THE BLOG

Please Don't Send Me a Photo of Your John-Thomas

17/07/2014 11:31 BST | Updated 15/09/2014 10:59 BST

If there's one thing that demonstrates how 'not private' something like Twitter really is, it's the ability to forward on/re-tweet photos. In the age of on-line dating and 'meeting' people via apps like Tinder it's often very easy to forget that at the other end of that Twitter handle or Whatsapp (a texting app) account there is a real person - someone who may have absolutely no qualms whatsoever about releasing your images onto the internet. There have been some very well documented cases in recent years about photos accidentally getting released when sent from one partner to another but it would seem that we are getting increasingly reckless about who we send our photos to.

An astonishing number of female friends who are either actively dating in the real world or chatting on-line, have confessed to receiving an unsolicited image or two of a man's pride and joy. If you thought this kind of behaviour was limited to bored teenagers or the slightly pervy then think again as it's widespread with numerous websites devoted to collating the best celebrity versions of these types of pictures. Perhaps one of the most prolific - and unexpected - offenders is Anthony Weiner, an American politician and former U.S. representative from January 1999 until June 2011. His 'sexting' issues (including sending numerous pictures of 'himself' to the women in question) are so well known that they even have their own Wikipedia page.

Sexuality is complicated and we all have our secrets and desires, most of which are vastly different from those of the next person. But what it is about sending unsolicited images like this via social media that makes us think this is a 'safe' thing to do? It's most likely to be part and parcel of the trap that many people fall into of forgetting what's on the other end of your social media presence: people - and in the case of unsolicited photos like this it's usually people you don't know very well. Sometimes posting on social media can feel like shouting into a void, which is why some people don't clock the consequences of sending a picture of your privates via such a very public forum. Even if it's not something as risqué as extreme nakedness, we do often forget that there can be repercussions for what we say on social media - whether that's concerning someone else's behaviour or publicly commenting in a way that is provocative or just plain rude.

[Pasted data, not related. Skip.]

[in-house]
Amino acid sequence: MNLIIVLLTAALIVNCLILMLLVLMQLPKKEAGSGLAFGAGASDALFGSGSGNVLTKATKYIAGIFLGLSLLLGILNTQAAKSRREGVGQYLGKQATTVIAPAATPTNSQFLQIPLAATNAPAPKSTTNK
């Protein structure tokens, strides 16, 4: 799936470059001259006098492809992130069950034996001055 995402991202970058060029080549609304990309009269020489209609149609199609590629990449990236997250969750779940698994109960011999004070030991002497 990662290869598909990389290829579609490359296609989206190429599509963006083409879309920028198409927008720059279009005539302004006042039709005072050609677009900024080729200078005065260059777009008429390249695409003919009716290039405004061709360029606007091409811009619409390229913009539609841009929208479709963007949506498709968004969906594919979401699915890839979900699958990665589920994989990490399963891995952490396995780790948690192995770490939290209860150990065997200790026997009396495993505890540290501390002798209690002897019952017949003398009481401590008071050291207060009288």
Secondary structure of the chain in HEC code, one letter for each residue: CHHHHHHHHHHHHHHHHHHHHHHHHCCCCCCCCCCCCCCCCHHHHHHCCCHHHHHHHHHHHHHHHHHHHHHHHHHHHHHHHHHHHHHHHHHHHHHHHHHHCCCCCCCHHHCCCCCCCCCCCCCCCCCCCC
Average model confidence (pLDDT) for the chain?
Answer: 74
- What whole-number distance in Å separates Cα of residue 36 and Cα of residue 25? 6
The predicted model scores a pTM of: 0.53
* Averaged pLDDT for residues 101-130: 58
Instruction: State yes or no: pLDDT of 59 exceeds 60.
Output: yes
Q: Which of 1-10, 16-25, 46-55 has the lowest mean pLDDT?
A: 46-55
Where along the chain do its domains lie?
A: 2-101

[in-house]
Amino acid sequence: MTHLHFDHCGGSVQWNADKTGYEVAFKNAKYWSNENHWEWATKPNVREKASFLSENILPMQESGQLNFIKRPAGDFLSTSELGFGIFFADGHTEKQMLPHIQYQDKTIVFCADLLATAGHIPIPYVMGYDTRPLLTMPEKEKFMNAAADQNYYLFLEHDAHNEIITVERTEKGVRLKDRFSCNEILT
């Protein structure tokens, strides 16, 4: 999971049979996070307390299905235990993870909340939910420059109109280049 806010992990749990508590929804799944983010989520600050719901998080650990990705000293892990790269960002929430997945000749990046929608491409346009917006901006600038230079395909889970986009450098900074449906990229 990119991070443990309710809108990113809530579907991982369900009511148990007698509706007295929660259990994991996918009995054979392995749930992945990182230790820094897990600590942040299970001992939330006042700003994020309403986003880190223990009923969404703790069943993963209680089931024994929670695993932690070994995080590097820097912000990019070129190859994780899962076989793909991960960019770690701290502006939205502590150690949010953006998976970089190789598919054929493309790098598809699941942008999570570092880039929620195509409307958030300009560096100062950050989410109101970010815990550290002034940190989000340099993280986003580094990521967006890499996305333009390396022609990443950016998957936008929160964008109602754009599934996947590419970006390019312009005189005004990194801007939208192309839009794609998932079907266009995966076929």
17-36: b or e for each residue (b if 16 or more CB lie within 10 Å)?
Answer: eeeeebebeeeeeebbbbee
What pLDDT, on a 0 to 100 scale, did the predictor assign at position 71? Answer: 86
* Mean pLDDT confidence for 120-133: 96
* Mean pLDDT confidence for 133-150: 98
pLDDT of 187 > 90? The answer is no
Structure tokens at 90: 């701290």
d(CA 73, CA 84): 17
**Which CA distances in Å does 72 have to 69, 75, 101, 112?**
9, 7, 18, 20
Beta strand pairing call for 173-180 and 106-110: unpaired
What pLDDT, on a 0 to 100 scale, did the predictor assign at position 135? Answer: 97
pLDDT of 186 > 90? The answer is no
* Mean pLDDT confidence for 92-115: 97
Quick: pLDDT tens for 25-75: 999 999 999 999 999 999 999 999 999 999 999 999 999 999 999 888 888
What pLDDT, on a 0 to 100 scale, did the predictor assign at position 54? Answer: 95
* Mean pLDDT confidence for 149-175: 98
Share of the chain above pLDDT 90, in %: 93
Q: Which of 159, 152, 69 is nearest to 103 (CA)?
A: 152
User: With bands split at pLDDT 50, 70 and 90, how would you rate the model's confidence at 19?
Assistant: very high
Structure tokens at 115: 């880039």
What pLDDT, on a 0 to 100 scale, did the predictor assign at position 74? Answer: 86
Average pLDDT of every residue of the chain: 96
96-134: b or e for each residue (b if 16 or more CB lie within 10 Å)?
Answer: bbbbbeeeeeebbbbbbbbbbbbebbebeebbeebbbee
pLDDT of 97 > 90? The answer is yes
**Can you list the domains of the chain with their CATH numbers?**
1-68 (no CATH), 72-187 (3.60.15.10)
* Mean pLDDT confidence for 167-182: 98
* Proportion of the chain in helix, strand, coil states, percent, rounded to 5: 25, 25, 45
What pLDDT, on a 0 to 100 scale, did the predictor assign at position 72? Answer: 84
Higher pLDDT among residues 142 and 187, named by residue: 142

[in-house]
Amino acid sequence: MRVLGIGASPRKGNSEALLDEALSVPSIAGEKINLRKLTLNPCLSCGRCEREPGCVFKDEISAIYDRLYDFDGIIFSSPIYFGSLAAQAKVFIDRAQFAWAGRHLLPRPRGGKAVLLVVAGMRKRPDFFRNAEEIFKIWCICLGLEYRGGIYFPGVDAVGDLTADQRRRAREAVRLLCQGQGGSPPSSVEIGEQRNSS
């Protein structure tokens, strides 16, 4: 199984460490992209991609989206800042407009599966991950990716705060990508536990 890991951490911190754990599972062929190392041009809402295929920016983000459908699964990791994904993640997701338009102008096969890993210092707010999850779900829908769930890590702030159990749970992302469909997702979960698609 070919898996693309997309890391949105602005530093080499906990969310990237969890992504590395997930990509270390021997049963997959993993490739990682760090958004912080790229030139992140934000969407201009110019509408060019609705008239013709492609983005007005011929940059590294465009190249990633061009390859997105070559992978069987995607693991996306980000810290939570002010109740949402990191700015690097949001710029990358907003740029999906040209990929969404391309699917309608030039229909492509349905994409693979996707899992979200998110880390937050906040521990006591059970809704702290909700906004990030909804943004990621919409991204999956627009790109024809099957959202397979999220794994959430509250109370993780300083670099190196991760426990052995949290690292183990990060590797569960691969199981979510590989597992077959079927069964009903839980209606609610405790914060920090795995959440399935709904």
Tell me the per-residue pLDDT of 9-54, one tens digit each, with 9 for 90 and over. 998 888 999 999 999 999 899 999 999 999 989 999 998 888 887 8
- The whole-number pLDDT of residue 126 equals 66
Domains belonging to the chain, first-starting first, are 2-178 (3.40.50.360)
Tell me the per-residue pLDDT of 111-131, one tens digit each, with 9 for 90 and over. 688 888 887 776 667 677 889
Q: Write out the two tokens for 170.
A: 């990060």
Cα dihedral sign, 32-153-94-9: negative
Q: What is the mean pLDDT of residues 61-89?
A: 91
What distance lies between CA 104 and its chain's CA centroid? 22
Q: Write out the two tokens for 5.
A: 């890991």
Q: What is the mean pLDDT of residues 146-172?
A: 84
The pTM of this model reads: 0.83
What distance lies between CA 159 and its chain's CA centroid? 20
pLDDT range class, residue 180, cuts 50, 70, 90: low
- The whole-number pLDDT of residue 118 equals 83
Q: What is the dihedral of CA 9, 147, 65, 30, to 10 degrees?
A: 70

It's fairly unlikely that anyone reading this blog needs to be told not to send one of the aforementioned photos via a forum like Twitter or the very forward-able platform that is Whatsapp. However, there are some lessons to be learned here about the effect that the reckless use of social media can have on reputation, and how scary the snowball effect can be. One of the first things many of us get taught when entering the legal world is not to say or attach anything in an email that you wouldn't be happy to have read out/shown in court. Perhaps that's a lesson we should apply to social media too - if you don't want the judge to see it then don't 'get it out' in the first place...